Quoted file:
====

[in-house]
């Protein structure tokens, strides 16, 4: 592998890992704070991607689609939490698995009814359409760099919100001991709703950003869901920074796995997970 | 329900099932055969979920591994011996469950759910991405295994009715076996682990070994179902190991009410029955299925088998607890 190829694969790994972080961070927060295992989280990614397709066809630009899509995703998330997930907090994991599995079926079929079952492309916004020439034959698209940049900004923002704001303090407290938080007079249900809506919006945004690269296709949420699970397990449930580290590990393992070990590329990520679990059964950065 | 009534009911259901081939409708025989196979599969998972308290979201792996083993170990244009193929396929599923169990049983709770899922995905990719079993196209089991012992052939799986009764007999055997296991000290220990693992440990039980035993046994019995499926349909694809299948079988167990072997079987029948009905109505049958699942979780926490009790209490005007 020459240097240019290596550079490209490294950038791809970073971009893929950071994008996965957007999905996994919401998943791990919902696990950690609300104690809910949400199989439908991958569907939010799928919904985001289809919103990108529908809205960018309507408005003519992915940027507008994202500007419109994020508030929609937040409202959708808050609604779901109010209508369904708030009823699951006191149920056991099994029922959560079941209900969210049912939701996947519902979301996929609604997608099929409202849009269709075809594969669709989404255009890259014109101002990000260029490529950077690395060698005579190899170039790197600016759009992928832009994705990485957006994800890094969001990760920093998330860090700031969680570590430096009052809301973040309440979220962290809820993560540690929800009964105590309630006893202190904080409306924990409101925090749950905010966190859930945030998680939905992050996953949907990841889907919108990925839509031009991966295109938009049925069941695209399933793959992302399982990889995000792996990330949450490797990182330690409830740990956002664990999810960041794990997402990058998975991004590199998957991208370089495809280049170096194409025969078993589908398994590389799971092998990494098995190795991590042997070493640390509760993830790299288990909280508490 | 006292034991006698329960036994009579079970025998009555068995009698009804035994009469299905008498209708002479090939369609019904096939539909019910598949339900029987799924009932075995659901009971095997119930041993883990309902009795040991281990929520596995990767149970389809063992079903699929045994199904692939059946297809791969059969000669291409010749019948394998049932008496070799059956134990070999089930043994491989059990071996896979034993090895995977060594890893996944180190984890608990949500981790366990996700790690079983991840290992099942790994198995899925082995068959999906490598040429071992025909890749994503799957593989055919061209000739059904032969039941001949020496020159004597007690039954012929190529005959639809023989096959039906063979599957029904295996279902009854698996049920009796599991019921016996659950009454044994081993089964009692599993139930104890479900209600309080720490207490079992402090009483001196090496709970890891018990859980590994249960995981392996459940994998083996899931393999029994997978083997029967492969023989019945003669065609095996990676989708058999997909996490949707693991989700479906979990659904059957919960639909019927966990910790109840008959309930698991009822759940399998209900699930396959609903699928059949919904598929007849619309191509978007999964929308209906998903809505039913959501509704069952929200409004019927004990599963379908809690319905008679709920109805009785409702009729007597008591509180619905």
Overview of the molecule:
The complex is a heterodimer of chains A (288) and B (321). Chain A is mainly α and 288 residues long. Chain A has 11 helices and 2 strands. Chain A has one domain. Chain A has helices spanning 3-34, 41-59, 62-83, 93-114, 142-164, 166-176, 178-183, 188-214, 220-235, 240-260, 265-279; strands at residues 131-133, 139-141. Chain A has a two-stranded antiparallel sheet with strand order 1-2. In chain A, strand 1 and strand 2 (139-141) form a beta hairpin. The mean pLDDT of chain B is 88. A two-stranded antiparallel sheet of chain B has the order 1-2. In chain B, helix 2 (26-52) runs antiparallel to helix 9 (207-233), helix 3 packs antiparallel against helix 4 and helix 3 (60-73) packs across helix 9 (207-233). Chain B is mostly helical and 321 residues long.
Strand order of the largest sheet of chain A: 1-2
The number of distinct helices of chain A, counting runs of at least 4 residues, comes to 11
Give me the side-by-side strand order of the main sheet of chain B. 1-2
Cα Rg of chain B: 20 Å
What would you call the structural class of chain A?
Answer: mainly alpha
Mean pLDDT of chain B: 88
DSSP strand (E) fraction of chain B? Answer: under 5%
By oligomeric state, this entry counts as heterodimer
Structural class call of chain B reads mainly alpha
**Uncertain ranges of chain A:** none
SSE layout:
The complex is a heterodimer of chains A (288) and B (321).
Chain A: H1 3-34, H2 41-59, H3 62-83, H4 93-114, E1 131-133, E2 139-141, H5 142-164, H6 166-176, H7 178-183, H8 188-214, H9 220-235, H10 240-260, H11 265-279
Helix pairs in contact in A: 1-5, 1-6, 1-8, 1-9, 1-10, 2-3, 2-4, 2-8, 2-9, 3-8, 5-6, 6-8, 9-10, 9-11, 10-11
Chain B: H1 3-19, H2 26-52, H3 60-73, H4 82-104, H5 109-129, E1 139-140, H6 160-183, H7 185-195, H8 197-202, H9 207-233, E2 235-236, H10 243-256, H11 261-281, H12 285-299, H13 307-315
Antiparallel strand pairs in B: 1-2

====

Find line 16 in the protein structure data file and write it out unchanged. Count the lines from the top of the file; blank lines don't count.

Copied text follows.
SSE layout: